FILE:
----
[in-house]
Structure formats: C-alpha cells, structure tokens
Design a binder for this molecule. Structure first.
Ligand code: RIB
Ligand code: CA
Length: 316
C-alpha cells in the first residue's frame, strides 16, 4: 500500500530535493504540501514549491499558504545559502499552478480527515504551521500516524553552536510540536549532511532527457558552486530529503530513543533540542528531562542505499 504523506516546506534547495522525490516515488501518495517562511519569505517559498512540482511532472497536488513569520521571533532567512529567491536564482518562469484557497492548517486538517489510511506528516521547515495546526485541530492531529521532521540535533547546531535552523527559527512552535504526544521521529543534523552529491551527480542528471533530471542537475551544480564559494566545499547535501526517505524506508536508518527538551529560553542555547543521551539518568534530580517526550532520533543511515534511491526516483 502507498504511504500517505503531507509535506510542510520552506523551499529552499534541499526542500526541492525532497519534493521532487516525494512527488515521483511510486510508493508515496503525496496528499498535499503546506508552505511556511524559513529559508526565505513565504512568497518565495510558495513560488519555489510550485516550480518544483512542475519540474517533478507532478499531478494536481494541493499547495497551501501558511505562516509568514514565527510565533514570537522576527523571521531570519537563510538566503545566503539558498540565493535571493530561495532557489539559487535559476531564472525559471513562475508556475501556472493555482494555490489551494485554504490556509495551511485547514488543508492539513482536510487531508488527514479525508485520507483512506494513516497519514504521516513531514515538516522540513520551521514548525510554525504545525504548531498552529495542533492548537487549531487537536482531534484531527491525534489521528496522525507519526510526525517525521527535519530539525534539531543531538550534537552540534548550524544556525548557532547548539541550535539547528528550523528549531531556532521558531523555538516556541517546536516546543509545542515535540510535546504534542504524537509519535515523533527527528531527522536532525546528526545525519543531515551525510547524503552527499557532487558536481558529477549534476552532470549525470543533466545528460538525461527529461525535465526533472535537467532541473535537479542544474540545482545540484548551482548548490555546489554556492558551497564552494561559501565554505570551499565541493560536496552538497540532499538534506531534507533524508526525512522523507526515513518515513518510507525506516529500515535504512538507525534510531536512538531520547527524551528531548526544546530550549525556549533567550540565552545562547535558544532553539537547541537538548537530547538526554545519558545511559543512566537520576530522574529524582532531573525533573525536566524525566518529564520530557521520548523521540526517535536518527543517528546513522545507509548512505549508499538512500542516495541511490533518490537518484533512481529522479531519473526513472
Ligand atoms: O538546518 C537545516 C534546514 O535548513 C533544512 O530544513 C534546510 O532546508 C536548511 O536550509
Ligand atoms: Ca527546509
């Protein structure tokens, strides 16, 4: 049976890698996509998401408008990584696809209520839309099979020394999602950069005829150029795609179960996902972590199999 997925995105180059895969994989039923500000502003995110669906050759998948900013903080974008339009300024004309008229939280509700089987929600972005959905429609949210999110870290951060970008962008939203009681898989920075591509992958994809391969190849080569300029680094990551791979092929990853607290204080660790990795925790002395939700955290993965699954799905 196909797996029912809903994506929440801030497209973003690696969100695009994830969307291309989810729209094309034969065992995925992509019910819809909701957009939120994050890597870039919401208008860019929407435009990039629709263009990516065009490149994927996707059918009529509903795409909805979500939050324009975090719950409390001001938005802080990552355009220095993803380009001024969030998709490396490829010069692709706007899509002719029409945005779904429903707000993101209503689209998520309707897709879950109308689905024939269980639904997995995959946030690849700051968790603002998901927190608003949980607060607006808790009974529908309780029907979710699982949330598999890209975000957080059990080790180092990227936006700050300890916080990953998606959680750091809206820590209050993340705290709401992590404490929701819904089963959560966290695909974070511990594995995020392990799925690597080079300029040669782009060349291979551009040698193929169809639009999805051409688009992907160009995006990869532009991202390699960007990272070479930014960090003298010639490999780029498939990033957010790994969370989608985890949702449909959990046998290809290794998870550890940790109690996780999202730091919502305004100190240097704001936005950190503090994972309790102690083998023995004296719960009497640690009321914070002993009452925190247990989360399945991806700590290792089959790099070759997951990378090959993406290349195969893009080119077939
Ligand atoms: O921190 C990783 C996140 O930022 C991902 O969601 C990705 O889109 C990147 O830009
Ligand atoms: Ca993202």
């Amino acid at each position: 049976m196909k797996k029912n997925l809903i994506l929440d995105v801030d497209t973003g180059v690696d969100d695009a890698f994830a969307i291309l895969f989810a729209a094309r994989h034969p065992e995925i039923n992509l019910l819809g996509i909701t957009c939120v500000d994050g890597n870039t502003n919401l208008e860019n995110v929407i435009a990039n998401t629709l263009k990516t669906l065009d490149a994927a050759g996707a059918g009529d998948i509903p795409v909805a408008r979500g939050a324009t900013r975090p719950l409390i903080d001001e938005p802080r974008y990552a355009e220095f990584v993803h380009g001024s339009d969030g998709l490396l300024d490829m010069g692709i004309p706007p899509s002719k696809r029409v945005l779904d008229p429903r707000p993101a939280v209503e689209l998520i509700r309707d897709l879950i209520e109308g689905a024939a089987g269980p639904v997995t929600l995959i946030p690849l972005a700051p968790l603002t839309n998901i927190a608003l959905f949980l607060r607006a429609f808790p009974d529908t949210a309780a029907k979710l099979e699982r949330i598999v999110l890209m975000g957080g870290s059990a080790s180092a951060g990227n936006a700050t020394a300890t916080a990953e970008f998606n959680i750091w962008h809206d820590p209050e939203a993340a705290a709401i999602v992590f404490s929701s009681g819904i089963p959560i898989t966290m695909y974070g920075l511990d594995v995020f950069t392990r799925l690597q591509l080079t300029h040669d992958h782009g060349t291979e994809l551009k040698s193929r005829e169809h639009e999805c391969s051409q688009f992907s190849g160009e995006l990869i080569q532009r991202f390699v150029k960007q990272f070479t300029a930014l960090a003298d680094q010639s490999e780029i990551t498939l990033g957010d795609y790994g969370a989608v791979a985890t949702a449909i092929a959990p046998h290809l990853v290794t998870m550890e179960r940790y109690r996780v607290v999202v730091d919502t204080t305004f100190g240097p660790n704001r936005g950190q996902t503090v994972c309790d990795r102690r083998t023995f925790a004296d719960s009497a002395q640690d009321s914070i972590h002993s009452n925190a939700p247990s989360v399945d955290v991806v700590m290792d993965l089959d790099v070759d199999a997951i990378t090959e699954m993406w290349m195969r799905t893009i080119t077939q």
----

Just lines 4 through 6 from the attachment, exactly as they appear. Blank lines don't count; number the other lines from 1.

Ligand code: RIB
Ligand code: CA
Length: 316